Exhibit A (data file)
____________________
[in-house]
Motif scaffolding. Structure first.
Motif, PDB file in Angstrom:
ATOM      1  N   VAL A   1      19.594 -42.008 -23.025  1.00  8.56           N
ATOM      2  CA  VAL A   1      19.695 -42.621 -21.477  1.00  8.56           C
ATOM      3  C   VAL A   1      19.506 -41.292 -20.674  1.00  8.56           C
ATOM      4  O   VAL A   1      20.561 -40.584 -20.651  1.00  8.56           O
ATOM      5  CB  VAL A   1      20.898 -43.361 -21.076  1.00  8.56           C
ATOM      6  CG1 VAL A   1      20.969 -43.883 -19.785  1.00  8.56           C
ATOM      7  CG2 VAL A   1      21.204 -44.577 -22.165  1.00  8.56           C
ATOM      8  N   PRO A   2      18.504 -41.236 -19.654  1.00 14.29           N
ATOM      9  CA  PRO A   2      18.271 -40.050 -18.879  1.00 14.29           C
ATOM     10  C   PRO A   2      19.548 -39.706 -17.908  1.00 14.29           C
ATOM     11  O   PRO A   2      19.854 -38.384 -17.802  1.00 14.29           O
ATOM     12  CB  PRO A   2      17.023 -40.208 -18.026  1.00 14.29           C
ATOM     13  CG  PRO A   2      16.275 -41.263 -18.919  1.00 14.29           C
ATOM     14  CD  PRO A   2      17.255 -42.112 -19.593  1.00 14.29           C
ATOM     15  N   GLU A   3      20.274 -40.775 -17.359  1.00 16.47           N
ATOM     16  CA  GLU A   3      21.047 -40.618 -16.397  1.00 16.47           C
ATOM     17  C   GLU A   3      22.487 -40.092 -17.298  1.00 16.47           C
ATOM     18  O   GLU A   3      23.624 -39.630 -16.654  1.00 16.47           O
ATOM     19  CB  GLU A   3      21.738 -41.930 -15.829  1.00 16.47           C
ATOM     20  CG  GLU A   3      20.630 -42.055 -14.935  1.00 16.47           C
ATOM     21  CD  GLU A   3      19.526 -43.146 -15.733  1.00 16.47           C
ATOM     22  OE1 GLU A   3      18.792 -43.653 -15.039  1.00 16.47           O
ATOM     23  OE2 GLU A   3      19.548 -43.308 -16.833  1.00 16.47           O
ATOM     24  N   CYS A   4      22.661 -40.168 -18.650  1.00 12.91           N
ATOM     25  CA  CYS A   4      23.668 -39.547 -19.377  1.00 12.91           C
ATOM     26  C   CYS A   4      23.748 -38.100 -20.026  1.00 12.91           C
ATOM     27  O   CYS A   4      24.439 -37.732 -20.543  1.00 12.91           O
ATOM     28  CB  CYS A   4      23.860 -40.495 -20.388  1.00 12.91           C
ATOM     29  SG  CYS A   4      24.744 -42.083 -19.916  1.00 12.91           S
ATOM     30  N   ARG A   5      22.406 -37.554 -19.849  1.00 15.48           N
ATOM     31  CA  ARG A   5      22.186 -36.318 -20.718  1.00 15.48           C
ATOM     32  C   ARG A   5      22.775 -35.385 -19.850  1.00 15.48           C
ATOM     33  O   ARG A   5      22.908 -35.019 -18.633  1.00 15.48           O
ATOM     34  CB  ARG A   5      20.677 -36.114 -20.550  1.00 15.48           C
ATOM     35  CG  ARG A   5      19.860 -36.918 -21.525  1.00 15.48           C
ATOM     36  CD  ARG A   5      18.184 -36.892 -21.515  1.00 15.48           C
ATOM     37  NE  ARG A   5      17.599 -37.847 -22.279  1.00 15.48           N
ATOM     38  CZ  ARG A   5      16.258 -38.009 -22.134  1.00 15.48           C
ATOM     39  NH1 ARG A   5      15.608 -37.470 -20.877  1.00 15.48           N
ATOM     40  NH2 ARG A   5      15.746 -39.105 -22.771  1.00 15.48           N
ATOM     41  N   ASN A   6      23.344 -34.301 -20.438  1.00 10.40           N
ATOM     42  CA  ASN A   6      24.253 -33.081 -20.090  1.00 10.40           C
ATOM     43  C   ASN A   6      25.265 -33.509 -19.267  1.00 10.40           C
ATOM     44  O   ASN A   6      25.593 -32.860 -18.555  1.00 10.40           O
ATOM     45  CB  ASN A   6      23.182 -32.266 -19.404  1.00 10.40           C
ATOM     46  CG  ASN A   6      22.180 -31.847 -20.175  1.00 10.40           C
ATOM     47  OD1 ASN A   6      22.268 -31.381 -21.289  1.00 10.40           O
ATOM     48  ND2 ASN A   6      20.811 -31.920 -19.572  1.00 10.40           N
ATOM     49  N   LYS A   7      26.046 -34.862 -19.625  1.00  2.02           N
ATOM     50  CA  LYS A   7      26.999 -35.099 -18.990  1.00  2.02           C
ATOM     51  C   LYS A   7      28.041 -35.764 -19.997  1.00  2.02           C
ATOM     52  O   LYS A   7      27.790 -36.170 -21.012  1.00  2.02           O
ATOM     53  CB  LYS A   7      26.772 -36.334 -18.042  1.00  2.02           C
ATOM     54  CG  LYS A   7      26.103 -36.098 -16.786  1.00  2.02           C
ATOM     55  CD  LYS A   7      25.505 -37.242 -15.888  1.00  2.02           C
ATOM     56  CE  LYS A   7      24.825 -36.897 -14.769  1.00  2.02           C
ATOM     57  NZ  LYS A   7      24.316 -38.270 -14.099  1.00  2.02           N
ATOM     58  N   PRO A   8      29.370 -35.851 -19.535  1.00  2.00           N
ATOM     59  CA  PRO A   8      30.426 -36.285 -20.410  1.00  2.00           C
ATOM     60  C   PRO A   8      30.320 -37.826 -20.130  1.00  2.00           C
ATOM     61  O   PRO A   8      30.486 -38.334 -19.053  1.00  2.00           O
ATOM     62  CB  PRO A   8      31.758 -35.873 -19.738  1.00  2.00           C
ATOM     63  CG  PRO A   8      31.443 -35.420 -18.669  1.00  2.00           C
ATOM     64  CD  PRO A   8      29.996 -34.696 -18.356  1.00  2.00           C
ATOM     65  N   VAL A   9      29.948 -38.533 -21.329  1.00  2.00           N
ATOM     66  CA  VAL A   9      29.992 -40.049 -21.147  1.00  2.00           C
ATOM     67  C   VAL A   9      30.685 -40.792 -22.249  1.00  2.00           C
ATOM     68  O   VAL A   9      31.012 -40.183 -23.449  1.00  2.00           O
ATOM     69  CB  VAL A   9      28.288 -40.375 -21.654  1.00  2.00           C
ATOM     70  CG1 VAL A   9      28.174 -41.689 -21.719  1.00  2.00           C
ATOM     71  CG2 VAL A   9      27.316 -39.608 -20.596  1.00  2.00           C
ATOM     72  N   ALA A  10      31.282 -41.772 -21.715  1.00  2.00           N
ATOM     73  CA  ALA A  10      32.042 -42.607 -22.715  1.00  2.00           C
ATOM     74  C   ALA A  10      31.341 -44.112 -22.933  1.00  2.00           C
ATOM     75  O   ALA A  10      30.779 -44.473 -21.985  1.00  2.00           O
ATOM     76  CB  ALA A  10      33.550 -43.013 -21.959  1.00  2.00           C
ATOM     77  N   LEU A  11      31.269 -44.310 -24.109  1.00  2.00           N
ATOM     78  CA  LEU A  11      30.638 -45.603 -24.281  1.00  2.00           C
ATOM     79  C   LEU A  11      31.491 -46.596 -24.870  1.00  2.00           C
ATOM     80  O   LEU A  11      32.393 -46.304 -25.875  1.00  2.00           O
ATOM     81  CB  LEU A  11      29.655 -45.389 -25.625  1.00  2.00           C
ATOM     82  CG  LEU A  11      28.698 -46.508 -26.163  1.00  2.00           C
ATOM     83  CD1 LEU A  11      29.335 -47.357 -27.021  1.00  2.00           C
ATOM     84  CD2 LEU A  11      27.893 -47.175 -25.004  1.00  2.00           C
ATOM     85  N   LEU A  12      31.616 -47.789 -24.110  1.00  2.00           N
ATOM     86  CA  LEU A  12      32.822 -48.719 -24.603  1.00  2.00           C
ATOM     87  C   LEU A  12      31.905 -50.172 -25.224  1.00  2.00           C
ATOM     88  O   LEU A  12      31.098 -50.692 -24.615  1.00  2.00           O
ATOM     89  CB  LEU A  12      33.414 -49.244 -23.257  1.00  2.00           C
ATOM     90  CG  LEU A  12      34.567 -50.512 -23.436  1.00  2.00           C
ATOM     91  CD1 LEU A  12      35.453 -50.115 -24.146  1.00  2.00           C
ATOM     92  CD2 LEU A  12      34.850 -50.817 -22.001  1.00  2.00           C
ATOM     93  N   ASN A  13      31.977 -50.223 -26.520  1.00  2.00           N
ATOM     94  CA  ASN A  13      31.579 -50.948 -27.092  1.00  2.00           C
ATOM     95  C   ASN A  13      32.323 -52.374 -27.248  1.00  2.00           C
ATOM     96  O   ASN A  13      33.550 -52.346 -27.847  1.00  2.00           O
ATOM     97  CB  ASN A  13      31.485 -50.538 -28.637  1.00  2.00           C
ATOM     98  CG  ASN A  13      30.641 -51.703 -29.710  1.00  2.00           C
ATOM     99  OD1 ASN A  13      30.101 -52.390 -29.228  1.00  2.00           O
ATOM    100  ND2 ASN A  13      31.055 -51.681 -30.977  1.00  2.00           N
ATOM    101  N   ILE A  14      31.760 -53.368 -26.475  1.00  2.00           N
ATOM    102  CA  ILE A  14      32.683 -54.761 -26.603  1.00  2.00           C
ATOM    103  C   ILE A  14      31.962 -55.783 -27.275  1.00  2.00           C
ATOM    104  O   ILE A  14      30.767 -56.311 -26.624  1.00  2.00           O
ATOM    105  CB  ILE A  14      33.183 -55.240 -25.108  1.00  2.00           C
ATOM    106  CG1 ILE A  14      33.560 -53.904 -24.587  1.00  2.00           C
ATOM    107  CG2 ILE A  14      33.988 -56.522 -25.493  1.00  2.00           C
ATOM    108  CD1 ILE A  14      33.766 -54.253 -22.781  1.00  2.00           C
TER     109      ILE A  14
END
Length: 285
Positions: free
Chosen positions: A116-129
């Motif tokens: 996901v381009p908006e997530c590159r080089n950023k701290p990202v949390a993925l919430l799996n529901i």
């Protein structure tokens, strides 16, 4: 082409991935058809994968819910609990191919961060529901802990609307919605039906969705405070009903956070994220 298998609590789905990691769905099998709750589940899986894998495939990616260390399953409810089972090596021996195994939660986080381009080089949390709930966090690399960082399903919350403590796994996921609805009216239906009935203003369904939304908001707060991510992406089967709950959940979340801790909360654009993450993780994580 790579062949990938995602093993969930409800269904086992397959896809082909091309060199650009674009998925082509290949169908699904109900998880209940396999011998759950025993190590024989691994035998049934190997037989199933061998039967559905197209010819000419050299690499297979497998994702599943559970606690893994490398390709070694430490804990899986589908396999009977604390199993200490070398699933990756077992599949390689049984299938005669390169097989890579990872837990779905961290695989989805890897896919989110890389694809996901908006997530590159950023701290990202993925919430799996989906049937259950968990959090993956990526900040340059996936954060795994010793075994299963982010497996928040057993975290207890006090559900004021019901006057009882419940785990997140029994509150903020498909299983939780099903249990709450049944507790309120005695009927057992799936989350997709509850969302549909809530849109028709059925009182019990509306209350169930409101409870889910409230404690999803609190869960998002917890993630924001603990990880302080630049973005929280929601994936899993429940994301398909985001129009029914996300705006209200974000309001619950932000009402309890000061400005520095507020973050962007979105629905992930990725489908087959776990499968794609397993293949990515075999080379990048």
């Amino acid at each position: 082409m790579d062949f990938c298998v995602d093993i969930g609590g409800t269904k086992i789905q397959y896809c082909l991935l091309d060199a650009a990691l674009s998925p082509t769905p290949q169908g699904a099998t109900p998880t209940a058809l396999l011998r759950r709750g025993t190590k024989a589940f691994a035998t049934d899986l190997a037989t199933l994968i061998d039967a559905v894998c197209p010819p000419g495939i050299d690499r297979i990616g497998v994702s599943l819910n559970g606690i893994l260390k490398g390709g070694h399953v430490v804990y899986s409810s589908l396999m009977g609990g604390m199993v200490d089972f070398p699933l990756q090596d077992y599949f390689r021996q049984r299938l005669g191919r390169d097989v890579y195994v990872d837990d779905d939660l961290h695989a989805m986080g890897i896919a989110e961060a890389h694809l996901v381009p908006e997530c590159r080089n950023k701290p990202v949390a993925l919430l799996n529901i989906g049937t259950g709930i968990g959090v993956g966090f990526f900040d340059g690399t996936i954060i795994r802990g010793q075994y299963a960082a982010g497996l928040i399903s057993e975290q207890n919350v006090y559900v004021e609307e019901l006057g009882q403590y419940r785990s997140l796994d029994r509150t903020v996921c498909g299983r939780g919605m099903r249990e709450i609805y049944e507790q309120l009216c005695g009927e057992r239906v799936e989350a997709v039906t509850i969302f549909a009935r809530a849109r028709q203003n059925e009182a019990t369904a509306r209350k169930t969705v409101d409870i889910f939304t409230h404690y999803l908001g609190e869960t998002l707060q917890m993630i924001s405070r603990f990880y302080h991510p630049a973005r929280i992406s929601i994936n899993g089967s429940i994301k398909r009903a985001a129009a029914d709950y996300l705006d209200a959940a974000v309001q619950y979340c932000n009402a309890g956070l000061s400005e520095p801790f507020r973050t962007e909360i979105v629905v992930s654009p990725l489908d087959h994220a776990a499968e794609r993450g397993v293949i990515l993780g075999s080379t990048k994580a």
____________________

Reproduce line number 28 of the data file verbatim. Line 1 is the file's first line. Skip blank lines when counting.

ATOM     25  CA  CYS A   4      23.668 -39.547 -19.377  1.00 12.91           C